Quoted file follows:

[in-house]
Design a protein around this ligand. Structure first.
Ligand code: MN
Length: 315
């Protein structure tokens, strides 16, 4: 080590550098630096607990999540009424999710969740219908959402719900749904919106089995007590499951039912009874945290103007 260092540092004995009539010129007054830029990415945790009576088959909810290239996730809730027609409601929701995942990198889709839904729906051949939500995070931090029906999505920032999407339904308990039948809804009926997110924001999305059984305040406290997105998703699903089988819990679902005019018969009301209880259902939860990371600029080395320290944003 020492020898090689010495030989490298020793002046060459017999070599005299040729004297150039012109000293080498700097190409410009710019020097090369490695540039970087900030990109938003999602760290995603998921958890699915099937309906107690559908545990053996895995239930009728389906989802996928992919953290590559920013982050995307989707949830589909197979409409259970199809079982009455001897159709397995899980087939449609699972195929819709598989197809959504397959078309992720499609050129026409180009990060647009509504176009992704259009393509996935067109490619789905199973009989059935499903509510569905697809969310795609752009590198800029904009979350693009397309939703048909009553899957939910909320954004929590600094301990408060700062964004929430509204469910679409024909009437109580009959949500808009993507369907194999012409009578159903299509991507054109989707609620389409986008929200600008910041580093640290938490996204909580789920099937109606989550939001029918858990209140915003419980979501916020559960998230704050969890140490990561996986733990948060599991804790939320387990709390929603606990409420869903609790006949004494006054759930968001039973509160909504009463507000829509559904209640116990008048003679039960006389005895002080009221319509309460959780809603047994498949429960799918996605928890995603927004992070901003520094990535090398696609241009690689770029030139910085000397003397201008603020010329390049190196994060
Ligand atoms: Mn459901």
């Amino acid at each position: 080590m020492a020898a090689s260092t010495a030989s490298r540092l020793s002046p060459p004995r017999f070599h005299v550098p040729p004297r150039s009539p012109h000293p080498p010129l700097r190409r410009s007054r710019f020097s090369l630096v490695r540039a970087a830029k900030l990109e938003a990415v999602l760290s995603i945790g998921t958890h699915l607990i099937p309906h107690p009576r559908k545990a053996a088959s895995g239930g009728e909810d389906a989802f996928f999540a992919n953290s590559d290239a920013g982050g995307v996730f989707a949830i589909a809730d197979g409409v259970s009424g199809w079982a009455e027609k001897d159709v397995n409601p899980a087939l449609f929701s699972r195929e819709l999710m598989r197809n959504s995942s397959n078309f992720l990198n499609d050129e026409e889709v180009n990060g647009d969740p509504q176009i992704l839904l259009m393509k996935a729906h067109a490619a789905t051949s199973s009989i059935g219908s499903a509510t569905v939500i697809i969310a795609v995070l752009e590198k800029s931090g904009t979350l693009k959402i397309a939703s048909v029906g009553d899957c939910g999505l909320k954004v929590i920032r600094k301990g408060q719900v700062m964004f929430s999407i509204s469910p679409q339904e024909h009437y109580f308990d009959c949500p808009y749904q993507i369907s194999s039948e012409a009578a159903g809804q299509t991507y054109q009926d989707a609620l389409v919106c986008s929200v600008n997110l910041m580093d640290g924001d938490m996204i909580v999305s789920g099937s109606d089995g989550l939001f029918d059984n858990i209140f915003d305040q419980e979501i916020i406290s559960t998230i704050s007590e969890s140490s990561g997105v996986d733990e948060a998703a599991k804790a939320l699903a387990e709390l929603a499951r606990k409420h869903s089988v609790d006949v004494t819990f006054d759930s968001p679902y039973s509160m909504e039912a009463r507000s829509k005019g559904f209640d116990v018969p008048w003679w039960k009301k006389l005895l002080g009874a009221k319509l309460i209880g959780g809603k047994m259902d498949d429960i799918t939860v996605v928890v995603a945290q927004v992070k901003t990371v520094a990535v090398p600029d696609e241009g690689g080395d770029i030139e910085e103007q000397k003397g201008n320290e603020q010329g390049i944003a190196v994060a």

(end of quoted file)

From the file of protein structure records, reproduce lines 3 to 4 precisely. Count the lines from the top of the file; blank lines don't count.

Ligand code: MN
Length: 315